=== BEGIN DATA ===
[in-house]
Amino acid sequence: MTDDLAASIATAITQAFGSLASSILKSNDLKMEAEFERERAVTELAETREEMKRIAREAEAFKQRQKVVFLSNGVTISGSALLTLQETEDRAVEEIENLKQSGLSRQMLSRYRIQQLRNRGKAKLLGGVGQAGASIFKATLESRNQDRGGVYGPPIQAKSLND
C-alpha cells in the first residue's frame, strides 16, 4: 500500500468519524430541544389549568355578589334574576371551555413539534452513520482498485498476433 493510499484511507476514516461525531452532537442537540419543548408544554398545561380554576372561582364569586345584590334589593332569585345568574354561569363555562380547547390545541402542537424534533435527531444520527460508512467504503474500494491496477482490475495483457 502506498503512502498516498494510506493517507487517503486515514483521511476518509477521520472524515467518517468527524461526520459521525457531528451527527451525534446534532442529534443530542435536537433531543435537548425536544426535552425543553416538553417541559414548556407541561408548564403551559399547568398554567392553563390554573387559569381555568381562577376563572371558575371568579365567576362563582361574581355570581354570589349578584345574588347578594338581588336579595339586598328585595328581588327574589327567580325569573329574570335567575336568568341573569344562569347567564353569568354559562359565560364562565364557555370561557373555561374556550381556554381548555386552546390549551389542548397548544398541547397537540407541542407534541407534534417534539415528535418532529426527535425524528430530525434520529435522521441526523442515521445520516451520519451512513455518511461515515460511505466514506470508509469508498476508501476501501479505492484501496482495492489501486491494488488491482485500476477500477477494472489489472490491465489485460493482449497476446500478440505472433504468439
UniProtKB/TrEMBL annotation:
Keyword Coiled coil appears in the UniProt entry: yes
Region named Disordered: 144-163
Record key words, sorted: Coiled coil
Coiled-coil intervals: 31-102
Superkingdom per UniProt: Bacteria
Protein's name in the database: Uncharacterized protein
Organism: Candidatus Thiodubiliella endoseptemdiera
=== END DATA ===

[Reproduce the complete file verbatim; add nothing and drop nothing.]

[in-house]
Amino acid sequence: MTDDLAASIATAITQAFGSLASSILKSNDLKMEAEFERERAVTELAETREEMKRIAREAEAFKQRQKVVFLSNGVTISGSALLTLQETEDRAVEEIENLKQSGLSRQMLSRYRIQQLRNRGKAKLLGGVGQAGASIFKATLESRNQDRGGVYGPPIQAKSLND
C-alpha cells in the first residue's frame, strides 16, 4: 500500500468519524430541544389549568355578589334574576371551555413539534452513520482498485498476433 493510499484511507476514516461525531452532537442537540419543548408544554398545561380554576372561582364569586345584590334589593332569585345568574354561569363555562380547547390545541402542537424534533435527531444520527460508512467504503474500494491496477482490475495483457 502506498503512502498516498494510506493517507487517503486515514483521511476518509477521520472524515467518517468527524461526520459521525457531528451527527451525534446534532442529534443530542435536537433531543435537548425536544426535552425543553416538553417541559414548556407541561408548564403551559399547568398554567392553563390554573387559569381555568381562577376563572371558575371568579365567576362563582361574581355570581354570589349578584345574588347578594338581588336579595339586598328585595328581588327574589327567580325569573329574570335567575336568568341573569344562569347567564353569568354559562359565560364562565364557555370561557373555561374556550381556554381548555386552546390549551389542548397548544398541547397537540407541542407534541407534534417534539415528535418532529426527535425524528430530525434520529435522521441526523442515521445520516451520519451512513455518511461515515460511505466514506470508509469508498476508501476501501479505492484501496482495492489501486491494488488491482485500476477500477477494472489489472490491465489485460493482449497476446500478440505472433504468439
UniProtKB/TrEMBL annotation:
Keyword Coiled coil appears in the UniProt entry: yes
Region named Disordered: 144-163
Record key words, sorted: Coiled coil
Coiled-coil intervals: 31-102
Superkingdom per UniProt: Bacteria
Protein's name in the database: Uncharacterized protein
Organism: Candidatus Thiodubiliella endoseptemdiera